times/dates

Hi all,

I'm new to matplotlib and trying to adapt some of the examples to my own data. Most of the time I read data from a netcdf file using the Scientific.IO.NetCDF module. When I read a time variable it usually has a units attribute that looks something like

"days since 1900-01-01 00:00:00 -5".

The units of measurement (here it was days) can be hours, seconds, weeks, whatever. Most of the examples in the mpl examples directory that deal with dates, start with the time information already parsed into year, month, day etc and then they create a datetime instance. Any pointers on parsing a serial date like the one I have into year, month, day in a somewhat general way? I currently use a package (cdat) which doesn't compile on Windows yet and I need a windows and unix solution.

Finally, I find the documentation for datetime.timedelta to be pretty sparse. I was trying to construct a datetime sequence using matplotlib.dates.drange which had a monthly timestep.

delta = datetime.timedelta(months=1) didn't seem to work. I tried a few variations on this to no avail.

Thanks for any suggestions.
Derrick

Derrick Snowden wrote:

Finally, I find the documentation for datetime.timedelta to be pretty sparse. I was trying to construct a datetime sequence using matplotlib.dates.drange which had a monthly timestep.

delta = datetime.timedelta(months=1) didn't seem to work. I tried a few variations on this to no avail.

Well, the docs for timedelta give this constructor:

···

============================================
class timedelta(days=0, seconds=0, microseconds=0, milliseconds=0, minutes=0, hours=0, weeks=0)

     All arguments are optional. Arguments may be ints, longs, or floats, and may be positive or negative.

I'd guess that the reason why you don't see years nor months in there is because those can't be uniquely defined in terms of fundamental time units (for the sake of simplicity, in multiples or submultiples of seconds).

I'm not an expert on handling time-based data, so this is just a common sense guess.

Best,

f

Fernando Perez wrote:

Derrick Snowden wrote:

Finally, I find the documentation for datetime.timedelta to be pretty sparse. I was trying to construct a datetime sequence using matplotlib.dates.drange which had a monthly timestep.

delta = datetime.timedelta(months=1) didn't seem to work. I tried a few variations on this to no avail.

Well, the docs for timedelta give this constructor:

============================================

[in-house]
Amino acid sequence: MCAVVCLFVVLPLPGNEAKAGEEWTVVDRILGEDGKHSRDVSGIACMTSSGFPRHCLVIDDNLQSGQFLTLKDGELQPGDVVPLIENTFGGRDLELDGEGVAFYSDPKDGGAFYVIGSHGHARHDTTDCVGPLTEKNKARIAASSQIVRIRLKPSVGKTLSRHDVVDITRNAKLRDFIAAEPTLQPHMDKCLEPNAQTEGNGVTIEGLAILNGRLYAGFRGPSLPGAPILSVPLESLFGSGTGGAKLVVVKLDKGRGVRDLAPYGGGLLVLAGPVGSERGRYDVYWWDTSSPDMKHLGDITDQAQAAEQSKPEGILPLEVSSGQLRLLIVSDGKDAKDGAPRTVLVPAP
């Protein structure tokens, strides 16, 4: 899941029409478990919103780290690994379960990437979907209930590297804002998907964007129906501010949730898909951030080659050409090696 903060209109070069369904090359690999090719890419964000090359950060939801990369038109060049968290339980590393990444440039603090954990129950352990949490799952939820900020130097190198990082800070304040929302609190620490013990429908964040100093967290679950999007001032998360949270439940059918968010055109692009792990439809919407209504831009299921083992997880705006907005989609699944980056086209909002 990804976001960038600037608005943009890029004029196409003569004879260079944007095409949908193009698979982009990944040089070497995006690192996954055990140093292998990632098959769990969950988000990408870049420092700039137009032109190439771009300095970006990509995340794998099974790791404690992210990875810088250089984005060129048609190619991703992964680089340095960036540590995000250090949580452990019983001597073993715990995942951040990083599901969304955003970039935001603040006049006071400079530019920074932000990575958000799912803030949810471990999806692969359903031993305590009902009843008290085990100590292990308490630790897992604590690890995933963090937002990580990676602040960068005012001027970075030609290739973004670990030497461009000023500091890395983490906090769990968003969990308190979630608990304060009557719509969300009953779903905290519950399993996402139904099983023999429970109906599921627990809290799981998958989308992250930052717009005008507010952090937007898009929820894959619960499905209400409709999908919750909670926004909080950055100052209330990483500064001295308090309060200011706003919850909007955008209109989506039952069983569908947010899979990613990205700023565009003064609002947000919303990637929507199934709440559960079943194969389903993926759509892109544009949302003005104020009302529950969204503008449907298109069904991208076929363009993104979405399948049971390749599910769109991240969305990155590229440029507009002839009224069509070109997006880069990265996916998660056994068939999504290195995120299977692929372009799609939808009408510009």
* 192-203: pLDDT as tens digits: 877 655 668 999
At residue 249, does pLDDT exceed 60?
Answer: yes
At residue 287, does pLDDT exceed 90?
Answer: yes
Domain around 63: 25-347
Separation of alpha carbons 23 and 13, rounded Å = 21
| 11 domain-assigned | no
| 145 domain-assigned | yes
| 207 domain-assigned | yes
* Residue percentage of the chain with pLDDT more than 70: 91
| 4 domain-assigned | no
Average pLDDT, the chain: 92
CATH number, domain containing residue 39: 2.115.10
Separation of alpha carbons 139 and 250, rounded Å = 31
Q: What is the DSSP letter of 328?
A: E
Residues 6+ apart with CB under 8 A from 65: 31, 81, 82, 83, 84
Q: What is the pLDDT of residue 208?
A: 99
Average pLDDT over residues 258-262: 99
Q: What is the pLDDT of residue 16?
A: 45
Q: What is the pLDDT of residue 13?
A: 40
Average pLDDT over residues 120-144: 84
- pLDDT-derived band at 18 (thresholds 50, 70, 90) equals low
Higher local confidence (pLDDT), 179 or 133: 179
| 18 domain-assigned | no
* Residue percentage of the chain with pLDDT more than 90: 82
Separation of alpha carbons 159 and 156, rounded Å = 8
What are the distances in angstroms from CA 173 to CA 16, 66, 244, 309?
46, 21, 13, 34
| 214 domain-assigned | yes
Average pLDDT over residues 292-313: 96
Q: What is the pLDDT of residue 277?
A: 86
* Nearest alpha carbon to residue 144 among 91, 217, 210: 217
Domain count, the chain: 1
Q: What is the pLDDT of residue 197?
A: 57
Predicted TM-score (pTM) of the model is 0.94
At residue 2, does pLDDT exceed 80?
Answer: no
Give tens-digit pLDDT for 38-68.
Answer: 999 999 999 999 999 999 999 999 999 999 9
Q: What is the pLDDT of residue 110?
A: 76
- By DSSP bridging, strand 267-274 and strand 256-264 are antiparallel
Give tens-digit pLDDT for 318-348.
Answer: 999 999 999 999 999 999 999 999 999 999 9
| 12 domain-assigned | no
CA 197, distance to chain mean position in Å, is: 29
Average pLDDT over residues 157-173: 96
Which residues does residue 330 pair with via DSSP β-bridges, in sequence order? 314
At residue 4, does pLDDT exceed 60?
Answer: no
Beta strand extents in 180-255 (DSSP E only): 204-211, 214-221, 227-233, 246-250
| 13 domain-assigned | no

class timedelta(days=0, seconds=0, microseconds=0, milliseconds=0, minutes=0, hours=0, weeks=0)

    All arguments are optional. Arguments may be ints, longs, or floats, and may be positive or negative.

I'd guess that the reason why you don't see years nor months in there is because those can't be uniquely defined in terms of fundamental time units (for the sake of simplicity, in multiples or submultiples of seconds).

You're probably right about this, months are ambiguously defined. But, I'm even more confused now about the documentation that you found. I'm hoping this is a version issue but I couldn't find a function definition like that. I tried using pydoc and pdoc, pdef, pinfo etc in ipython on a linux machine as well as a Windows machine. The only thing I can come up with is the following

class timedelta(__builtin__.object)
       Difference between two datetime values.

Where am I going wrong?

···

I'm not an expert on handling time-based data, so this is just a common sense guess.

Best,

f

Derrick Snowden wrote:

You're probably right about this, months are ambiguously defined. But, I'm even more confused now about the documentation that you found. I'm hoping this is a version issue but I couldn't find a function definition like that. I tried using pydoc and pdoc, pdef, pinfo etc in ipython on a linux machine as well as a Windows machine. The only thing I can come up with is the following

class timedelta(__builtin__.object)
       Difference between two datetime values.

Where am I going wrong?

I ran into the same problem, the docstring-based docs for that module are really crappy (and that's all ipython can find). So I reverted to the module listing in the HTML python docs to read the full docs for the datetime module. Here's the online version (what I pasted was from the local copy for my version, 2.3.4):

http://docs.python.org/lib/module-datetime.html

HTH,

f